By Michael Likosky
President Donald Trump campaigned, and ultimately won the White House, on a promise of a resurgence of America’s infrastructure.
The cornerstone of the President’s infrastructure plan is private investment in public works, so-called P3s. It is not, outside of the Port Authority of New York and New Jersey, legal to pursue P3s in the state.
If the State does not pass legislation enabling P3s now, then New Jersey, with all of its infrastructure needs, will leave enormous amounts of federal money on the table. Private money too. As Mr. Trump’s money hits the market, a window of opportunity will open up. It is essential to seize that opportunity.
How does a P3 work? It’s fairly straight forward.
The federal government, private investors, states and cities co-invest alongside one another to design, build, and ultimately operate and maintain a project. If everyone pulls together, then the cost of the project is much less. Rather than paying one-hundred cents on the dollar for a project, states may pay only ten.
Typically, the private investors will front the bulk of the money. Most states simply do not have the money in their bank accounts to pay for much needed infrastructure. However, we all know that infrastructure investment today pays dividends down the road. Today, in many places in the country, everyone is betting on America’s future through infrastructure investment.
Over two-thirds of states have laws enabling P3s. If New Jersey doesn’t pass such a law, then federal and private money will simply flow somewhere else. It is doing so today. This is happening not just in transportation, but also with water, broadband, and social projects such as public higher education and civic buildings.
In Pennsylvania, the state used a P3 to fix 432 structurally deficient bridges.
In a state with such high property taxes, forgoing federal money means tax and spend solutions which are simply untenable. Worse too, tremendous sums sit in the accounts of large institutional investors, pensions, insurers, sovereigns and others eager to invest. Forgoing private solutions means again overburdening further resident’s property taxes.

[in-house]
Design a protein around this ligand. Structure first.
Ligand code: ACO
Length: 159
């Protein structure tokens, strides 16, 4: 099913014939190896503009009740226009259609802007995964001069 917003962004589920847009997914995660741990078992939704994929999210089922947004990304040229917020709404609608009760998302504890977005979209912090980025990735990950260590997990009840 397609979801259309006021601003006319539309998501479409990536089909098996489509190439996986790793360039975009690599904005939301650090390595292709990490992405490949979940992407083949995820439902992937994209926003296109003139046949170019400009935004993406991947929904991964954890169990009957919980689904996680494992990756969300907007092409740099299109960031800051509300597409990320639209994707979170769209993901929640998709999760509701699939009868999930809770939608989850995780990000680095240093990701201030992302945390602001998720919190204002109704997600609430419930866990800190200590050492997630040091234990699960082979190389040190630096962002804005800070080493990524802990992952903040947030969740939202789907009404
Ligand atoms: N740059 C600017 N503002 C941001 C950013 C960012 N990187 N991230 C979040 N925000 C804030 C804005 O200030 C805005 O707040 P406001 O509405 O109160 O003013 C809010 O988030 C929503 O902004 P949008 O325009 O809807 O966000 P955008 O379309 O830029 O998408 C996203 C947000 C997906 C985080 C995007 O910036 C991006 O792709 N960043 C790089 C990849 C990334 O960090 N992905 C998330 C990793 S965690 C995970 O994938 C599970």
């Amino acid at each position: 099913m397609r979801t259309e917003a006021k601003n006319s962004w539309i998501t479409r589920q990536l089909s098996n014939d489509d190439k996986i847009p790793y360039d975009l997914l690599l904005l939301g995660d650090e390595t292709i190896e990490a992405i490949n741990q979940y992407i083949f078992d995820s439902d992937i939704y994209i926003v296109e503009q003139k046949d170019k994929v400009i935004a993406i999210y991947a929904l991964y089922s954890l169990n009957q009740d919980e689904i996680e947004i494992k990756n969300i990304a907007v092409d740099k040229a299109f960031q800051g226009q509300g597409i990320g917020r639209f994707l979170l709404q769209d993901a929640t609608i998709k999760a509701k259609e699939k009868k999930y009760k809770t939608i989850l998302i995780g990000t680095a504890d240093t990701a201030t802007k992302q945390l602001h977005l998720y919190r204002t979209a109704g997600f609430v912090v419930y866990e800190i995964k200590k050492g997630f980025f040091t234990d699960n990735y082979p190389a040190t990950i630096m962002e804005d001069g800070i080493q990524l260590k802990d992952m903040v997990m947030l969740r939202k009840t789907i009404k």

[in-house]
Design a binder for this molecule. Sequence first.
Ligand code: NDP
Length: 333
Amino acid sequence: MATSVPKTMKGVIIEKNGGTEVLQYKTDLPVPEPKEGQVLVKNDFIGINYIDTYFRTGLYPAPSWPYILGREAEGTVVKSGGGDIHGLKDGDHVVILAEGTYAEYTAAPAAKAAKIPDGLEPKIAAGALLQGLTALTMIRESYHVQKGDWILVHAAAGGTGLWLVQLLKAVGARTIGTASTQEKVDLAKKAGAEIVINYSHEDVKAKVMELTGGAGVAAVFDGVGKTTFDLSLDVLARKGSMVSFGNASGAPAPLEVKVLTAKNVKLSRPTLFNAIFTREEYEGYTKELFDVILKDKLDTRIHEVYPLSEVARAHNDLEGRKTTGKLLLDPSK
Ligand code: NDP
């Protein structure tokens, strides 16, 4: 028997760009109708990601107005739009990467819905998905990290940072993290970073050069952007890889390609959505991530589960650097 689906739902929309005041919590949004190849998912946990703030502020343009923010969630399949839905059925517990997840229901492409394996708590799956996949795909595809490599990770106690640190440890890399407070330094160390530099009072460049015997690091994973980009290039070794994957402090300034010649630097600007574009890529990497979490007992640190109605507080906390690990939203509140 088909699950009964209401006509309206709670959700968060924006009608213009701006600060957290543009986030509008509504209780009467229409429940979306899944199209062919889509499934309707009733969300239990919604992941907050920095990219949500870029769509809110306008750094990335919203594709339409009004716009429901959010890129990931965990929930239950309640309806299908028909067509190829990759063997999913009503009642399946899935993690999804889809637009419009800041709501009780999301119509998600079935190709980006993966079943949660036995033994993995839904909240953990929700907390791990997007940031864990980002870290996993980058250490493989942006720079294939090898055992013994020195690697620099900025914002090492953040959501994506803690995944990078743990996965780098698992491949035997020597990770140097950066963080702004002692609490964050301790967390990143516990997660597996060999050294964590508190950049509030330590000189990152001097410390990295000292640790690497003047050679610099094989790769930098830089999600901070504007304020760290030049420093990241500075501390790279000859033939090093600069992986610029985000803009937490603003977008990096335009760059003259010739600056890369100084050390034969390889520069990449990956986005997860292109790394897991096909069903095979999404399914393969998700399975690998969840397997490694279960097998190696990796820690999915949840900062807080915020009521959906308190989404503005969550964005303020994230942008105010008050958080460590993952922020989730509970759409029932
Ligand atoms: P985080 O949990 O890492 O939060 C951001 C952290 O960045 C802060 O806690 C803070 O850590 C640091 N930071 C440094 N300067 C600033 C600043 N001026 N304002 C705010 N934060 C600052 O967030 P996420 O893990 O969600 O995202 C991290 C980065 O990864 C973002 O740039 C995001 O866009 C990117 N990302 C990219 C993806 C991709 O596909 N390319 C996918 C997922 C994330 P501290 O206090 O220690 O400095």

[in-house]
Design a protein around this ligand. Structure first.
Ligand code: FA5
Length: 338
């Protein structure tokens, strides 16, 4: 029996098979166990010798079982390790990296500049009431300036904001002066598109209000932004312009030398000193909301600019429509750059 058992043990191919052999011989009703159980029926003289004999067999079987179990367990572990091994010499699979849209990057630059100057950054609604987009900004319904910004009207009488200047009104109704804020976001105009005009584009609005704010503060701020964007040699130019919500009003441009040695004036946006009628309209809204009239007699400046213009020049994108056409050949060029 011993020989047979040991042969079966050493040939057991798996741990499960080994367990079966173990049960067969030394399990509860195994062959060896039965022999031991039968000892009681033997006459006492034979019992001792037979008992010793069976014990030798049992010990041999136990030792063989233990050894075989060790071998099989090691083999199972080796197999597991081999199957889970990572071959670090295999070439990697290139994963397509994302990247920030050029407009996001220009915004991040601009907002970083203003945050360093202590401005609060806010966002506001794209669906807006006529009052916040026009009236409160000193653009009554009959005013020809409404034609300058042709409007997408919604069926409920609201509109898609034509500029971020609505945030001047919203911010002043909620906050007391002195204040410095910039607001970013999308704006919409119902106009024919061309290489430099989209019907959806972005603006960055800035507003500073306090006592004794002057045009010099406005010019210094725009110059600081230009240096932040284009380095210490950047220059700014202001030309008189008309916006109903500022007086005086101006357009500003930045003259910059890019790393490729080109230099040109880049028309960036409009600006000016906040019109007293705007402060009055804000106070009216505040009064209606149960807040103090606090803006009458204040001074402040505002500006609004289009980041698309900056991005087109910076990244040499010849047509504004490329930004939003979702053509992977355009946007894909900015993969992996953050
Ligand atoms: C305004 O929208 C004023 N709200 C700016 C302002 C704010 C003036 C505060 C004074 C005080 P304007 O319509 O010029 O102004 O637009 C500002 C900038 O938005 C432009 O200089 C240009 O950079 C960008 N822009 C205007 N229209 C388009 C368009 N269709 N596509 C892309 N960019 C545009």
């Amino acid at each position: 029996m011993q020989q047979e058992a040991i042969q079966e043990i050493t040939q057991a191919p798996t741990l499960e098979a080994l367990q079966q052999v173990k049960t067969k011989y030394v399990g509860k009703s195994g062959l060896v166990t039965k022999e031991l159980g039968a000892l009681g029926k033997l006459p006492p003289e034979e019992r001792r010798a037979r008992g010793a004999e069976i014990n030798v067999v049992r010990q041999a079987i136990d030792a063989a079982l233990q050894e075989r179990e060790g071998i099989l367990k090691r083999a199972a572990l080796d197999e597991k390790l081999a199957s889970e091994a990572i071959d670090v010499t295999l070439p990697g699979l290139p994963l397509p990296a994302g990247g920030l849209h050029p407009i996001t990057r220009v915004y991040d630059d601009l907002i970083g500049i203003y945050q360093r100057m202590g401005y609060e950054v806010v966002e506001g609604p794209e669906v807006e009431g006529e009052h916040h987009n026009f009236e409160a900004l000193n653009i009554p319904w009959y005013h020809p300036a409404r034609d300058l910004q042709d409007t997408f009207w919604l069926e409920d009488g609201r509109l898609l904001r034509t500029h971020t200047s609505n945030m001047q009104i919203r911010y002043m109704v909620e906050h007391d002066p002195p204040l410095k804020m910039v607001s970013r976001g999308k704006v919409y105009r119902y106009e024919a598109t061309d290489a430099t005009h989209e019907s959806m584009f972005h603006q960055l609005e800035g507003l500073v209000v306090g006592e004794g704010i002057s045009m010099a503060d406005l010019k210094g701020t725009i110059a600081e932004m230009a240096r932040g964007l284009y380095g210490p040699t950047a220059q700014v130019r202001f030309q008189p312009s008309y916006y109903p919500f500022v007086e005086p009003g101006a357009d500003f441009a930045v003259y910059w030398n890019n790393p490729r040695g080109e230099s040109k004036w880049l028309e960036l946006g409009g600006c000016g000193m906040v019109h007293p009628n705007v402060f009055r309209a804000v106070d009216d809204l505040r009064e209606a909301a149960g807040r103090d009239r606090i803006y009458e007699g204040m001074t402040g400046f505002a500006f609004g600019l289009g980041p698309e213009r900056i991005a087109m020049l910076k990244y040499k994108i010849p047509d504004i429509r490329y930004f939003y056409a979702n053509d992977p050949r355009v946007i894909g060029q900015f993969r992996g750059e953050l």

Moreover, New Jersey’s pensions should invest too. An investment in New Jersey’s future is, of course, a winning one.
Worse than foregoing federal and state funds and private dollars and relying instead on New Jersey’s coffers to foot the bill for critical infrastructure is doing nothing. The state’s finances simply preclude paying for all this essential infrastructure. If New Jersey does not do P3s to fix and modernize the state’s infrastructure, it may simply do nothing. The cost could be business retention, job contraction, and a state where a next generation can’t make a living.
Importantly, if New Jersey passes P3 legislation, it can become a national leader in P3s with a healthy flow of quality projects being funded. During the financial crisis, the Governor enabled P3s within public higher education. During this window, the state had more higher education P3s than anywhere else, places like Montclair, Jersey City University, and Rowan, Rutgers too.
States throughout the South right now are leaving New Jersey behind. Why? Because they appreciate that infrastructure and inexpensive energy drive advanced manufacturing and other globally competitive economic activity. Cheap water, power and broadband with state of the art logistics attracts business. Other states too, California, Florida and Pennsylvania have come to appreciate this.
The President has made clear that infrastructure projects must be shovel ready to receive federal support. The State has got a long way to go even with P3 legislation. It must mobilize state agencies. It must prioritize and prepare projects. Otherwise, it will be last in line for federal money.
The funding landscape is changing dramatically right now. We see it already in New Jersey with the Gateway Project. The federal government may say that the project will only go forward as a P3.
There’s nothing wrong with making a bet on New Jersey’s future. Just as with America’s future, it’s a pretty good bet. The Trump Administration realized this, global investors too. We should as well.
Michael Likosky is the Head of Infrastructure for 32 Advisors
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